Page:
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Justice

Heritage or Hate—Taking Down White Supremacist Symbols

David Langness | Jun 9, 2017

PART 4 IN SERIES Removing Monuments to Racism and War

The views expressed in our content reflect individual perspectives and do not represent the official views of the Baha'i Faith.

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David Langness | Jun 9, 2017

PART 4 IN SERIES Removing Monuments to Racism and War

The views expressed in our content reflect individual perspectives and do not represent the official views of the Baha'i Faith.

Now it’s not just New Orleans—several other cities have begun to think about removing the old symbols of white supremacy and racism.

Just in the past two years, various local and state governments across America have removed, destroyed or renamed more than 60 publicly-funded depictions of the Confederacy. The Southern Poverty Law Center says this trend accelerated after the 2015 massacre by a white supremacist of nine black parishioners in a Charleston, South Carolina church. Several cities, counties and states that prominently flew the old Confederate battle flag—the “Stars and Bars”—have taken those flags down and put them in museums.

Thomas Jackson

Thomas Jackson

In May of 2017, just as one example of this trend, the City of Charlottesville, Virginia decided to remove a prominent statue of Robert E. Lee, the Confederate General. The City Council there voted to put General Lee and his bronze horse up for sale to the highest bidder. They also decided to change the names of Lee and Jackson parks in the city, named for the General and another Confederate, Thomas “Stonewall” Jackson.

Controversy ensued. Public protests broke out, both for and against removing Lee’s statue. A group of residents sued, sending the ultimate decision to the courts. A so-called “alt-right” white supremacist group carried torches in their protest against the statue’s removal, purposely evoking images of past Ku Klux Klan rallies. The controversy became national and even international news, and one opinion piece in the New York Times editorial pages commented:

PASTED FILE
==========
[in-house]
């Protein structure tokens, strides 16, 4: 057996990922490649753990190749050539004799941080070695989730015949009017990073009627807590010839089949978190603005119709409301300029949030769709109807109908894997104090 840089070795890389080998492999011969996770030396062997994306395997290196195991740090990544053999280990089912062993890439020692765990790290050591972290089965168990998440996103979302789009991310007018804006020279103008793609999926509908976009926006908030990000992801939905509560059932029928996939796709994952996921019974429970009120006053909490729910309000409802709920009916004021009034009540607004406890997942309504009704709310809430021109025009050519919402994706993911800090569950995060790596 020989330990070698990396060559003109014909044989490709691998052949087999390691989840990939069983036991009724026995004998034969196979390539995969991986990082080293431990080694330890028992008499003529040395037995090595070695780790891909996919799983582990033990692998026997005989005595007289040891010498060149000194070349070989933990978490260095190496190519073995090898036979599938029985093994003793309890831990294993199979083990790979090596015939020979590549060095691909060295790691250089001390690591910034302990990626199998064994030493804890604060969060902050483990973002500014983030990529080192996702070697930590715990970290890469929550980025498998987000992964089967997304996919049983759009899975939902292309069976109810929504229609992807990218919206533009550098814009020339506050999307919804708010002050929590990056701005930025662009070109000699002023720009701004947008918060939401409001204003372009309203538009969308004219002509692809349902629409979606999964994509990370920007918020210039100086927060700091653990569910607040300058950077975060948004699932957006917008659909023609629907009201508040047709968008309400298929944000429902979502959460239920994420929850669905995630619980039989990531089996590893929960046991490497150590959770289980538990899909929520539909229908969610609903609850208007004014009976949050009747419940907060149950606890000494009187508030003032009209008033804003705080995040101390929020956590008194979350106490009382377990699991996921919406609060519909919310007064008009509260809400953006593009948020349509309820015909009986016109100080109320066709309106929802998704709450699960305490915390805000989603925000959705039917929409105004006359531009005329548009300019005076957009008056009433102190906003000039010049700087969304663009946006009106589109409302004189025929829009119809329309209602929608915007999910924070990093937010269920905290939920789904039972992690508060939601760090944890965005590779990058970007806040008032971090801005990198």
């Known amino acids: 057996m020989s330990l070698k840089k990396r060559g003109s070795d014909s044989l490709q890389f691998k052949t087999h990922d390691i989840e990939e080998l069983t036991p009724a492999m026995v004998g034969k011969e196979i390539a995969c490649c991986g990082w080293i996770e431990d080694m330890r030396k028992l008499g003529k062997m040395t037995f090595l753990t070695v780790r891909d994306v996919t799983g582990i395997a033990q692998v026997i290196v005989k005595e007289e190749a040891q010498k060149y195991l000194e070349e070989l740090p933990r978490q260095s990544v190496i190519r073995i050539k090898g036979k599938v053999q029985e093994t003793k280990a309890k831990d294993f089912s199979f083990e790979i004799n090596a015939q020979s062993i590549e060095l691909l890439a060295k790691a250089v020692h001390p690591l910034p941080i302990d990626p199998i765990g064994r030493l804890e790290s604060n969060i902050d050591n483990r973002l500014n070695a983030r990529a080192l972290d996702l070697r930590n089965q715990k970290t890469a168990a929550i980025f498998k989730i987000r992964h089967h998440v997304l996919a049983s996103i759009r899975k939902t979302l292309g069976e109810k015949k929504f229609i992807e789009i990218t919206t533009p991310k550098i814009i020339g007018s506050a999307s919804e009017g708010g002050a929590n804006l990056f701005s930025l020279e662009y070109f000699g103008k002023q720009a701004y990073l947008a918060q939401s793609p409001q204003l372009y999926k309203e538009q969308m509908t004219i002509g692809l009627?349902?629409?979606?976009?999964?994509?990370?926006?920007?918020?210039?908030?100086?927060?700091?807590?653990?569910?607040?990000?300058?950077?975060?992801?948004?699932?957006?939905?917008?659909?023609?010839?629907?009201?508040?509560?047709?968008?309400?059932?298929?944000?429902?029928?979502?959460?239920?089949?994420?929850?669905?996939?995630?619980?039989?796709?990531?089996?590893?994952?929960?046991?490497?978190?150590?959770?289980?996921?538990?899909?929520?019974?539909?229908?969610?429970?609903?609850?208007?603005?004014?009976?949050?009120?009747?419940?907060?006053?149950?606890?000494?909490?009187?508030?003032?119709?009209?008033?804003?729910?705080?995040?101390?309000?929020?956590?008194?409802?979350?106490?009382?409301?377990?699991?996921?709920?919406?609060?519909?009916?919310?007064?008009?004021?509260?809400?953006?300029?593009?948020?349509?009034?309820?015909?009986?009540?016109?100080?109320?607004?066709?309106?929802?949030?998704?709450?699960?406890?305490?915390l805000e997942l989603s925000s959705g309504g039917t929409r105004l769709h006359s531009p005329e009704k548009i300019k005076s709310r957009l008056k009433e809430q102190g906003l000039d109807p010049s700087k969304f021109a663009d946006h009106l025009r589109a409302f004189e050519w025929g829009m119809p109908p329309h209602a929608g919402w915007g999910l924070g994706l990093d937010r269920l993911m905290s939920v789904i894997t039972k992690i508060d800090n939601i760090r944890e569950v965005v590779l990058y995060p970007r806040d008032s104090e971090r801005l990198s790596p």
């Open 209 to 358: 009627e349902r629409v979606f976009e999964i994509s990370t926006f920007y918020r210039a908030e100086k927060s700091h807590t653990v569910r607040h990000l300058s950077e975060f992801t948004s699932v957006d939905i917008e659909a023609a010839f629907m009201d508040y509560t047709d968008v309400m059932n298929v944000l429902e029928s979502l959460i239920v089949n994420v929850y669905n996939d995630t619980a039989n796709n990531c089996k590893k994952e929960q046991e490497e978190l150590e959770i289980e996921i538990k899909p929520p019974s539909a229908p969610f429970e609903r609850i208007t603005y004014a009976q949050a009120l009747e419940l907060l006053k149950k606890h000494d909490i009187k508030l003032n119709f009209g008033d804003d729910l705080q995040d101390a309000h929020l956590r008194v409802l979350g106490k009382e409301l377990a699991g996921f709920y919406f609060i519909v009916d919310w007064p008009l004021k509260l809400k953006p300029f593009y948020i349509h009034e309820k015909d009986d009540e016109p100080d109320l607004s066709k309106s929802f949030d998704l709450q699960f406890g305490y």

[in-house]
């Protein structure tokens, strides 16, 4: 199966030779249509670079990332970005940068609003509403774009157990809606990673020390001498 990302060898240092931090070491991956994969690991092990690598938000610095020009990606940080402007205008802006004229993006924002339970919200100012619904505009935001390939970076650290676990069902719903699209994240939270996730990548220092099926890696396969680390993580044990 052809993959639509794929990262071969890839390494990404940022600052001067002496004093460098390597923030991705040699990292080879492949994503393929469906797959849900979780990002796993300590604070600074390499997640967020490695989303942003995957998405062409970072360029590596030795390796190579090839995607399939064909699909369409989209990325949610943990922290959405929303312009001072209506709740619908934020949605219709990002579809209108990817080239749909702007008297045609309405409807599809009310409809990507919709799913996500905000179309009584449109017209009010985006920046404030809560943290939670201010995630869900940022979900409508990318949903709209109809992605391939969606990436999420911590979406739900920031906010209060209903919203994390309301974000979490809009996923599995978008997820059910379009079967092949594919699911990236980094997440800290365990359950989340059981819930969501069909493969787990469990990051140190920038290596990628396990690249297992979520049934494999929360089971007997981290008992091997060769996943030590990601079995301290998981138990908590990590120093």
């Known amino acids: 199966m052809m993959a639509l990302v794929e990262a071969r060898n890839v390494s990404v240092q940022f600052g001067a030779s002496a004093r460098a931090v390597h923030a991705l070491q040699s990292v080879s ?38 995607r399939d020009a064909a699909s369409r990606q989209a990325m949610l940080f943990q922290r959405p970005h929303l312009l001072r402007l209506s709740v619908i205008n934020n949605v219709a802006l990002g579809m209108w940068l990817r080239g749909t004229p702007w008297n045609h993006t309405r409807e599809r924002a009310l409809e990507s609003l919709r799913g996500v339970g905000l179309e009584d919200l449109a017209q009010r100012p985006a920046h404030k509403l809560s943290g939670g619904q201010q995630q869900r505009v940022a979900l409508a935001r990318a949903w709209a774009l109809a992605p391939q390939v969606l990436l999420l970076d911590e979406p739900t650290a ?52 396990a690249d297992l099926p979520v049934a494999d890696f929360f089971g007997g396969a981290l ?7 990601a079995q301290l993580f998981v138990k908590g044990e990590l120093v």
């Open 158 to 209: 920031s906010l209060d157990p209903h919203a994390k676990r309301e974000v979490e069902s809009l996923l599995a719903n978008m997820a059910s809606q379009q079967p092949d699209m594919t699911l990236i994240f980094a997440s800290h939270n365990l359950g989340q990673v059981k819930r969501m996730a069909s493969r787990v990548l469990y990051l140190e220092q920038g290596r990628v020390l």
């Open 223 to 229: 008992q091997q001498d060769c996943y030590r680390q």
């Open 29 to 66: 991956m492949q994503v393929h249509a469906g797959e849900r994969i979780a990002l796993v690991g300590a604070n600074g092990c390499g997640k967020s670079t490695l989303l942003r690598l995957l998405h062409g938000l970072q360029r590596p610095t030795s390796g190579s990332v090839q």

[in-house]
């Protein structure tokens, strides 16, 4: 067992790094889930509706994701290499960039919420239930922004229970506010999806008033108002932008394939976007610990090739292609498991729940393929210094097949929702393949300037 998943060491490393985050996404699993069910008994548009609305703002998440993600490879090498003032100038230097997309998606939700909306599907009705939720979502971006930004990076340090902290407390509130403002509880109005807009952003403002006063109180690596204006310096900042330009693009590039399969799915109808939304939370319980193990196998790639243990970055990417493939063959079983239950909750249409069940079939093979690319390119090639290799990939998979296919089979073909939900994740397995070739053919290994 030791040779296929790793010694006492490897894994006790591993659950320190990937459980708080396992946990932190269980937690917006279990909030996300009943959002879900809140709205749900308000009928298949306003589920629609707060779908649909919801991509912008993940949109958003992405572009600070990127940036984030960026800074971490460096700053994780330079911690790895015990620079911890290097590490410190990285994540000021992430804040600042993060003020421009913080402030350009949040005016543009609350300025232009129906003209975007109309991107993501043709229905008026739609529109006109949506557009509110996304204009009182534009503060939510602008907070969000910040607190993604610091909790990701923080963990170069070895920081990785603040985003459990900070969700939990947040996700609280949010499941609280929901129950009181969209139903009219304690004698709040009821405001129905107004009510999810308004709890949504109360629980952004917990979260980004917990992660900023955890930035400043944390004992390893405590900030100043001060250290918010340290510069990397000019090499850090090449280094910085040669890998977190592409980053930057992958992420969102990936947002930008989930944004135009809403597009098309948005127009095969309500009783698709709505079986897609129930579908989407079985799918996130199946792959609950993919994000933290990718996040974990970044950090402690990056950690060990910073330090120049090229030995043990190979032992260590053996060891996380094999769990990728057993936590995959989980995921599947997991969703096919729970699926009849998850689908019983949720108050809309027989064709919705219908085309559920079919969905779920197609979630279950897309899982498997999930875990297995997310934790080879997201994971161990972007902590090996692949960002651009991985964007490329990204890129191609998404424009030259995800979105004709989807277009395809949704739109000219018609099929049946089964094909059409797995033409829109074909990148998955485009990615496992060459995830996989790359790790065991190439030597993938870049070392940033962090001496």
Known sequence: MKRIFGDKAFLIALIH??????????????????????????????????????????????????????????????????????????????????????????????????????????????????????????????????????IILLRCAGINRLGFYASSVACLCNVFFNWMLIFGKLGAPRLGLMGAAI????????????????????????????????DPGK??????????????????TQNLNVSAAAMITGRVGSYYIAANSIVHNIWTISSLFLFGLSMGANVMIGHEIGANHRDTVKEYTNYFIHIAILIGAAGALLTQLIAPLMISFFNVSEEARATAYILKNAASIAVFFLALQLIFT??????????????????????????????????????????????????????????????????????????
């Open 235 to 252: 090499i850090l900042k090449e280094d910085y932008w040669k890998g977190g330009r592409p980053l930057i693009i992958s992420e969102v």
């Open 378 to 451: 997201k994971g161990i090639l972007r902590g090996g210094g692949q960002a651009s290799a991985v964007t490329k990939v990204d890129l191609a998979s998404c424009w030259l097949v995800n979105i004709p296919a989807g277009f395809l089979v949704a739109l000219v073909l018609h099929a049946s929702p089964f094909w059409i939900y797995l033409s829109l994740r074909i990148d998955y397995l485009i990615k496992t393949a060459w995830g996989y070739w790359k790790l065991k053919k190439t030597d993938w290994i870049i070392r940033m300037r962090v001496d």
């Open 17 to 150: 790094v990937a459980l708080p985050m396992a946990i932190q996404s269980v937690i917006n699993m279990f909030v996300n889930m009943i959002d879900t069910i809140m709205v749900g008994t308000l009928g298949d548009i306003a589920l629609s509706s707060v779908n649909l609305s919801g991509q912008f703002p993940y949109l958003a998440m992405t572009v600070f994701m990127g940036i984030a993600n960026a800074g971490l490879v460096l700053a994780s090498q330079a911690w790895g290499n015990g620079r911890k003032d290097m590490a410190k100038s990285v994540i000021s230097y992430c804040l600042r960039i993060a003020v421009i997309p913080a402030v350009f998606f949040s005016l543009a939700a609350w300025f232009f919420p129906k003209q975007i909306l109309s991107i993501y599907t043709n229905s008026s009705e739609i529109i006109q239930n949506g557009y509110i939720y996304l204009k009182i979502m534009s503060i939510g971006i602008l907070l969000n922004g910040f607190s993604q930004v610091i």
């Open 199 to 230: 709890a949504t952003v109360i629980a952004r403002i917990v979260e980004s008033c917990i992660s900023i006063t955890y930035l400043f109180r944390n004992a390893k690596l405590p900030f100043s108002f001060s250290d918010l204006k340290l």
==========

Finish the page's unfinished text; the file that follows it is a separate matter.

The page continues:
The white supremacist protest in Charlottesville, Va., this month over a plan to remove a statue of Robert E. Lee, the Confederate general, shows how this is likely to go. The marchers feigned civility. But a closer look shows that the protest drew on the toxic symbolism of the Third Reich in ways that few Americans would recognize.

By wielding torches in a protest staged by night, the demonstrators nodded to Nazi rallies held during the 1930s at Nuremberg, where the open flame was revered as a mystical means of purifying the Aryan spirit. They reinforced this toxic connection by chanting “blood and soil,” a Nazi-era slogan that connected German ethnic purity to cultivation of the land and, more broadly, to the notion that the “master race” was divinely entitled to confiscate the holdings of “lesser peoples,” even if it meant slaughtering them along the way.

The demonstrators at Charlottesville … had no real interest in the civic or aesthetic value of the monument they ostensibly came to defend. The essence of their argument was that any attempt to renounce Confederate ideology by moving this—or any—monument would be an assault on the so-called white race.

Nazism and the tradition of American white supremacy that is memorialized in monuments throughout the South are the fruit of the same poisonous tree. In this light, the Confederate flag can legitimately be seen as an alternate version of the Nazi emblem. – Brent Staples, How the Swastika Became a Confederate Flag, The New York Times, May 22, 2017.

The next night, after the alt-right, neo-Nazi demonstration, a much larger demonstration took place—this one against hatred and bigotry, with hopeful candles burning rather than hateful torches.

Those symbols of hatred, no matter what their origin, all represent the repugnant, hideous idea that entire groups of people, because of their ethnicity or their nationality or their skin color, are evil. Of course, once that decision occurs in any culture, the supposedly “evil” ones become easier to single out, target and slaughter. In just about every historical instance, those symbols of hate define the first steps on the path to terror, murder and genocide.

The Baha’i teachings clearly and pointedly say that no human being has the right to see any other human being as evil—especially not for any racially-based bias:

We have no right to look upon any of our fellow-mortals as evil.

Concerning the prejudice of race: it is an illusion, a superstition pure and simple! For God created us all of one race. There were no differences in the beginning, for we are all descendants of Adam. In the beginning, also, there were no limits and boundaries between the different lands; no part of the earth belonged more to one people than to another. In the sight of God there is no difference between the various races. Why should man invent such a prejudice? – Abdu’l-Baha, Paris Talks, p. 148.

So yes, many cultures do have a heritage of hate. The whole Earth has been stained, throughout human history, with the blood of that inheritance. But that does not mean we must exalt or somehow glorify those who perpetrated such hatred, or prominently display their symbols for all to see.